Tuesday, July 5, 2016

Movie Music Mania: REQUIEM FOR A DREAM

Welcome to MOVIE MUSIC MANIA, where we talk about some of the amazing music that shapes the films we love. This week we take a look at the haunting score from director Darren Aronofsky's film...REQUIEM FOR A DREAM.

Clint Mansell, former leader singer of the band Pop Will Eat Itself, is the genius behind this musical masterpiece. Mansell is extremely talented and has worked with Aronofsky on all of his films since Requiem for a Dream, including Pi and Black Swan. When these two get together, magic happens.

Requiem For A Dream explores the life-altering effects that drugs have on its users' mental states. The music used in this film gives the audience a sense of what the drugs are doing to the user. For example, when I first listened to "Summer Overture" it gave the feeling of someone walking around in a chaotic, drug induced state. Another example is the aptly named track "Dr. Pill". It gives you the definite impression of someone abusing, whether it's taking pills or putting a needle in their arm. It has high and low melodies with beats in between. Mansell teamed up with the Kronos Quartet, an American string quartet based in San Francisco, to aid him in scoring this film.

The entirety of this score is absolutely wonderful to listen to, but the track that really struck a chord with me personally was "Lux Aeterna". It can be heard throughout much of the film and has been used in a variety of films, most notably in the Lord of the Rings: The Two Towers trailer, where it was actually re-orchestrated and renamed "Requiem for a Tower".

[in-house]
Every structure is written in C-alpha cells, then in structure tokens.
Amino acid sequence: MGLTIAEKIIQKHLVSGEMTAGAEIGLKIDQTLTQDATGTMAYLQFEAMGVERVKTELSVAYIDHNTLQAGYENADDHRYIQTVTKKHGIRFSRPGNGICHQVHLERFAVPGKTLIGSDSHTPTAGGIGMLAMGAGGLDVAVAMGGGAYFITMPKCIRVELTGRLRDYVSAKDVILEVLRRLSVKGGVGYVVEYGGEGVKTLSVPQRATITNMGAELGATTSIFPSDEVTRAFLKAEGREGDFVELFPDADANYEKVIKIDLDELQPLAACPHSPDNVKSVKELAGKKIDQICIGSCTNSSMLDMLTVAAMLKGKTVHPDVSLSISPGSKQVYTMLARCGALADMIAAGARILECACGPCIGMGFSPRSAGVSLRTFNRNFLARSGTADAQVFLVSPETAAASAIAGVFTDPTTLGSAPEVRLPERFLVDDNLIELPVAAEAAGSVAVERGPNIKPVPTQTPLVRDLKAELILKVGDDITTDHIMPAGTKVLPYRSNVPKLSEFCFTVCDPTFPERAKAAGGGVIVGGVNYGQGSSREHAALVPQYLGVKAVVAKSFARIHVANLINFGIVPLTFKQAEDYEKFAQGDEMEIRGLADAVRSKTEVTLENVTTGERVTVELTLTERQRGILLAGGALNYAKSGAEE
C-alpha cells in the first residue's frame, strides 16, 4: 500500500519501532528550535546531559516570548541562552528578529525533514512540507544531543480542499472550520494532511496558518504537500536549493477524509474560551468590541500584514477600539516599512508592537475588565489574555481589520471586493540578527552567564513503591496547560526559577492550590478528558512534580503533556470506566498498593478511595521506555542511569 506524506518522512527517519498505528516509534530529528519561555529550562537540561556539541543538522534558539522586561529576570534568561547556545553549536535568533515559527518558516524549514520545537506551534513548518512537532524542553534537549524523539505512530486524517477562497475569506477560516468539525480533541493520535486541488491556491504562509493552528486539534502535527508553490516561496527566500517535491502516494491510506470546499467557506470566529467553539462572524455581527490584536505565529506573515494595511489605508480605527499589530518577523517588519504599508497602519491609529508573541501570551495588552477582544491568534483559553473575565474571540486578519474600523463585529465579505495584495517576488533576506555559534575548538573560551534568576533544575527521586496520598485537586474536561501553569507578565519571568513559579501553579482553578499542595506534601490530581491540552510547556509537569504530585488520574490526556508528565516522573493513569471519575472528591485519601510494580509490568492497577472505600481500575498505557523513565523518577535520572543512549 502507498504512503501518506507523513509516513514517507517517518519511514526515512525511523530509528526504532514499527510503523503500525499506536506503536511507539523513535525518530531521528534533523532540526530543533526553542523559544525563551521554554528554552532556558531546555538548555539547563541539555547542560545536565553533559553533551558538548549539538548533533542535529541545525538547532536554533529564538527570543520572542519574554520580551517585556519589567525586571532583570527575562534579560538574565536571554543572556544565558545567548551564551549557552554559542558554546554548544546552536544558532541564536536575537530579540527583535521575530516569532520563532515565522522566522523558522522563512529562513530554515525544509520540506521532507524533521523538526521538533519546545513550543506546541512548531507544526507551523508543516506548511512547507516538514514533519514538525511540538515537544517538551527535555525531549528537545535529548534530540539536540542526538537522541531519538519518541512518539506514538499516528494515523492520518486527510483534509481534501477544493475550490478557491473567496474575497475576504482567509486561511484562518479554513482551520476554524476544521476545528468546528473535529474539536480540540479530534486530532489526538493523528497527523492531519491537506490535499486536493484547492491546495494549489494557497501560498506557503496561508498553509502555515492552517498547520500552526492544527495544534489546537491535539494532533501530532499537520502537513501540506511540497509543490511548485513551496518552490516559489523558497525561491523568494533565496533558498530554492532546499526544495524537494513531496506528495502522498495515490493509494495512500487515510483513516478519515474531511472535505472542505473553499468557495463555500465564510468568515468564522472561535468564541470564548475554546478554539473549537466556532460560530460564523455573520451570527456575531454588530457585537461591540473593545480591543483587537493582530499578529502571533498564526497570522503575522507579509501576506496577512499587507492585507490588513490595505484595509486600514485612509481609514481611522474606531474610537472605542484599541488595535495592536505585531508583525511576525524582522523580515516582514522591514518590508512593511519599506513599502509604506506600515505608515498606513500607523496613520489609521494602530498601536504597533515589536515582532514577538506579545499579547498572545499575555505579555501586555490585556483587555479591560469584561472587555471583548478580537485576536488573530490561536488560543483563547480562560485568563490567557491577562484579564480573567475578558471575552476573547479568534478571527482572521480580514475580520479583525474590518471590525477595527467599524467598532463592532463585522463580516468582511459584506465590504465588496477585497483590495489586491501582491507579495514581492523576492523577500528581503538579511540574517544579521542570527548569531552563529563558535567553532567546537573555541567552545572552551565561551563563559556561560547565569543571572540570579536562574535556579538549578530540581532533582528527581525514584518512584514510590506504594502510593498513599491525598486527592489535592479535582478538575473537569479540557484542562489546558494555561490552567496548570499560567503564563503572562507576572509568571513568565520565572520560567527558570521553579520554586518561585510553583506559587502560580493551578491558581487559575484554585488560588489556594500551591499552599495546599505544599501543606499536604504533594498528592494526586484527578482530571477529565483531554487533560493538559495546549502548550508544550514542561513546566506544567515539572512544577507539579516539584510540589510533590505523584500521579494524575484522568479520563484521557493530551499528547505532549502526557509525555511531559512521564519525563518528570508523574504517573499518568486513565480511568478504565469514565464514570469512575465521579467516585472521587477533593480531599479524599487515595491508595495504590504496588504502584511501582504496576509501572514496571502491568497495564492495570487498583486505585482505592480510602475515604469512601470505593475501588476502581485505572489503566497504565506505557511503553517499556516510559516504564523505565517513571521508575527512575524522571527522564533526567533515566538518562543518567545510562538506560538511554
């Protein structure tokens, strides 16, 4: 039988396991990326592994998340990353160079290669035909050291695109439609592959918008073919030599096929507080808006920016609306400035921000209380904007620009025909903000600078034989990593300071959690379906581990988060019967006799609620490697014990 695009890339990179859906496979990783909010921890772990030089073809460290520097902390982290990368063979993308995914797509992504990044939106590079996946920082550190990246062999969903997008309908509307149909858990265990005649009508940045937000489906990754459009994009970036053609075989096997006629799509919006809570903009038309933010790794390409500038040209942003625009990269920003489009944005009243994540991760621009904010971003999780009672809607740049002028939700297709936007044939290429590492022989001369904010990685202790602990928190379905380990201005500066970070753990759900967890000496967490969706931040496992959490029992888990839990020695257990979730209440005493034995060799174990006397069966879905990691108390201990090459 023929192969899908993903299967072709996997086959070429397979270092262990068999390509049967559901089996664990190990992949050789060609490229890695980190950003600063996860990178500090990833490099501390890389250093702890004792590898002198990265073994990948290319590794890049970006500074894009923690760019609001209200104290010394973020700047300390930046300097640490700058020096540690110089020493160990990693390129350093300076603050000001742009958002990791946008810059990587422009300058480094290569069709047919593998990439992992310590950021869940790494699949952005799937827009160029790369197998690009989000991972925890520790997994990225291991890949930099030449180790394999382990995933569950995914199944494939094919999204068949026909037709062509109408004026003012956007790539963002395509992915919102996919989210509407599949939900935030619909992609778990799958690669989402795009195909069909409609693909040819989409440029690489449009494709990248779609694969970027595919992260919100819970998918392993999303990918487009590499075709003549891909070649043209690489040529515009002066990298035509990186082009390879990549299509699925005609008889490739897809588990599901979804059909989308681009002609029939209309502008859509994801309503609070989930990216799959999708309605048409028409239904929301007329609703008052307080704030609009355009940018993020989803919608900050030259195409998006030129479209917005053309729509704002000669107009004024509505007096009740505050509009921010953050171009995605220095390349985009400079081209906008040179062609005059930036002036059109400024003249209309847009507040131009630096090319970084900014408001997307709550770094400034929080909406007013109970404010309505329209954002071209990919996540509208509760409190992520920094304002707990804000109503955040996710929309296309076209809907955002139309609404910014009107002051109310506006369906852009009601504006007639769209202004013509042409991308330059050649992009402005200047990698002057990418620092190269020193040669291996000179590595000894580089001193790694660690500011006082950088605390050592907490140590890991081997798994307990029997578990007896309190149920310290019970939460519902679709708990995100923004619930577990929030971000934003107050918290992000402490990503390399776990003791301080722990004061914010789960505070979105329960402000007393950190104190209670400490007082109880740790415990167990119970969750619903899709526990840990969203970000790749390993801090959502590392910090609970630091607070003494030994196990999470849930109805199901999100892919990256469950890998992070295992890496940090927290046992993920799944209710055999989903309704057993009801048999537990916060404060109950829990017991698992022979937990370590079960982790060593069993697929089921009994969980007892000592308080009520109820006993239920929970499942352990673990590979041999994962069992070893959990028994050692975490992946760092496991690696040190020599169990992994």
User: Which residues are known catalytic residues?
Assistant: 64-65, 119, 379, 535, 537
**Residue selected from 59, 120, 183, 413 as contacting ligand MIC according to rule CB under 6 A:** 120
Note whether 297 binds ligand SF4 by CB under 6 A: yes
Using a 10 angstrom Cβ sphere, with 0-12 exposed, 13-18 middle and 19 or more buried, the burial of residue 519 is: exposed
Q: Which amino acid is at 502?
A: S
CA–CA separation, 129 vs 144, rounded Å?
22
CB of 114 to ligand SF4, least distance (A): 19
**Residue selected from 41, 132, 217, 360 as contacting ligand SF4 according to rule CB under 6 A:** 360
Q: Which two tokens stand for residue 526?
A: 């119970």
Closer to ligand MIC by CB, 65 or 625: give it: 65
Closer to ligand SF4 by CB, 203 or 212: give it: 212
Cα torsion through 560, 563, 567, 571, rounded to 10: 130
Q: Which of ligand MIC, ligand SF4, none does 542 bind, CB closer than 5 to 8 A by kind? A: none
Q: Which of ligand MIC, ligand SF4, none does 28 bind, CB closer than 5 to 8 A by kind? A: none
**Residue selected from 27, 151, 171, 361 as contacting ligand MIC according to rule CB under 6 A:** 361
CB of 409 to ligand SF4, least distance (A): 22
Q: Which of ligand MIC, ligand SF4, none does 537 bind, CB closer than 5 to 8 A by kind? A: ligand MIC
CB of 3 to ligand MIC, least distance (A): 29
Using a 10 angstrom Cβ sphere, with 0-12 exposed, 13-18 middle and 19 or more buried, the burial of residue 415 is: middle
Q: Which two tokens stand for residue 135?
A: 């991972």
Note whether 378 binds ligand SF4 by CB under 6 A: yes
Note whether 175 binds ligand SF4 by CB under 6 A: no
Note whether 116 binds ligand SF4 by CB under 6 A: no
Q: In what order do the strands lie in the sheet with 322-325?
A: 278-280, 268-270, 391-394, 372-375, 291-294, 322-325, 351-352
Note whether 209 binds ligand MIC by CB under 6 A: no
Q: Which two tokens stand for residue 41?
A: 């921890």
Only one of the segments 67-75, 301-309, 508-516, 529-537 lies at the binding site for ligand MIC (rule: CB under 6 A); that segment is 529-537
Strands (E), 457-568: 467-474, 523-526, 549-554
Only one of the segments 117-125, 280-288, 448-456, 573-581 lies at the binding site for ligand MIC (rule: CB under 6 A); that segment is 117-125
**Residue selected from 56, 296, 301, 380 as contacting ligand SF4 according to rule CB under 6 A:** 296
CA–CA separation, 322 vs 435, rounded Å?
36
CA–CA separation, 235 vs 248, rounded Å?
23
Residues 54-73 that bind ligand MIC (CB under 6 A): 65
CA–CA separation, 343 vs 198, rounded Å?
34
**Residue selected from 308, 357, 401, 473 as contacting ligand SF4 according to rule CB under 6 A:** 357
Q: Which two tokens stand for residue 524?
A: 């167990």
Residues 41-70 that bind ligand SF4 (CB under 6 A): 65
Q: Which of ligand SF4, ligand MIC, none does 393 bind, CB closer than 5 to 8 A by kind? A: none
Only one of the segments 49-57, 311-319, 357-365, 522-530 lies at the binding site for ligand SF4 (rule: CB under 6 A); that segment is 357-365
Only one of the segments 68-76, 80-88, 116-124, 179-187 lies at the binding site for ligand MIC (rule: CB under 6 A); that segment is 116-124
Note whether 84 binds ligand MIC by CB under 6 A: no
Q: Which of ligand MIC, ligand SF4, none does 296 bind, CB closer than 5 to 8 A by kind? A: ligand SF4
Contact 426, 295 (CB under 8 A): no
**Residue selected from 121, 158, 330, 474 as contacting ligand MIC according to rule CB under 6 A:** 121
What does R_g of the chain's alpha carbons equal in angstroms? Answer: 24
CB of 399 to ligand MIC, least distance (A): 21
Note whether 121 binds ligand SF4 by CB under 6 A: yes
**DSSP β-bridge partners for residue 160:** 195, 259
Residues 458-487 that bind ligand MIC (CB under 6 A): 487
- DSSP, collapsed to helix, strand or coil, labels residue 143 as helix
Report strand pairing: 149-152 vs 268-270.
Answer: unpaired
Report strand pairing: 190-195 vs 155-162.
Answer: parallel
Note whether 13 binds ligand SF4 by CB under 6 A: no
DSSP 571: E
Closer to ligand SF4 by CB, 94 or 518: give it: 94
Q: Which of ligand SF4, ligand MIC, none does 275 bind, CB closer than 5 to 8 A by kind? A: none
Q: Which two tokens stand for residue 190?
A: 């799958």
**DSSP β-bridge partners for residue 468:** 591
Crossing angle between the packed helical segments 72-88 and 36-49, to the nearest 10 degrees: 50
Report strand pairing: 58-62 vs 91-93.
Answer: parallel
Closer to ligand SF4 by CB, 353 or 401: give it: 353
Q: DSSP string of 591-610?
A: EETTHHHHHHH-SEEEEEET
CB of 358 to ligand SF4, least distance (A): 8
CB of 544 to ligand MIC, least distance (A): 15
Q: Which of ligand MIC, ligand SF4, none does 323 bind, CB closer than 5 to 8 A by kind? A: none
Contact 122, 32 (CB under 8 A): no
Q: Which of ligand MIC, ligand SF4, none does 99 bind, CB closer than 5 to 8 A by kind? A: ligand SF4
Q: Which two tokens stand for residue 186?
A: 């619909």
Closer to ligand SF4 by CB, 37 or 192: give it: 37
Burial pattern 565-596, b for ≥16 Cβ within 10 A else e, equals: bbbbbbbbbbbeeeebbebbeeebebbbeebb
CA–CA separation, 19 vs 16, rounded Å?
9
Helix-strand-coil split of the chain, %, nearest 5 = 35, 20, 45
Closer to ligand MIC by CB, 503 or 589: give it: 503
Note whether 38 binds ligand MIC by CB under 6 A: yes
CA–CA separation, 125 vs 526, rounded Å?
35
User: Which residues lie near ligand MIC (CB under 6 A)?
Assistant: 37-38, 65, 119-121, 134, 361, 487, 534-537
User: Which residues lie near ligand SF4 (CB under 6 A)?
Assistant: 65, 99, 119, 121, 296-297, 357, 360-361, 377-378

Check out the video below:

The "Party" track is exactly that, a musical party. It has a hip-hop vibe to it, which I liked because mixing different music styles adds substance to many films. After listening to this track, it gives me visions of beer and weed flowing everywhere. This track would go perfectly in almost any film's party scene.

Another track that caught my attention was, "Meltdown". The melodies gave me the sense of someone coming off a powerful high, such as heroin or xanex. All the tracks in this incredible score have a haunting quality to them, an almost foreboding feeling. I thought all the music was good and moved the film along nicely. Requiem For A Dream gave the affects of drug abuse a melodic face. The score was music to my ears, pun intended. It's amazing how music can make us feel something without any words at all.

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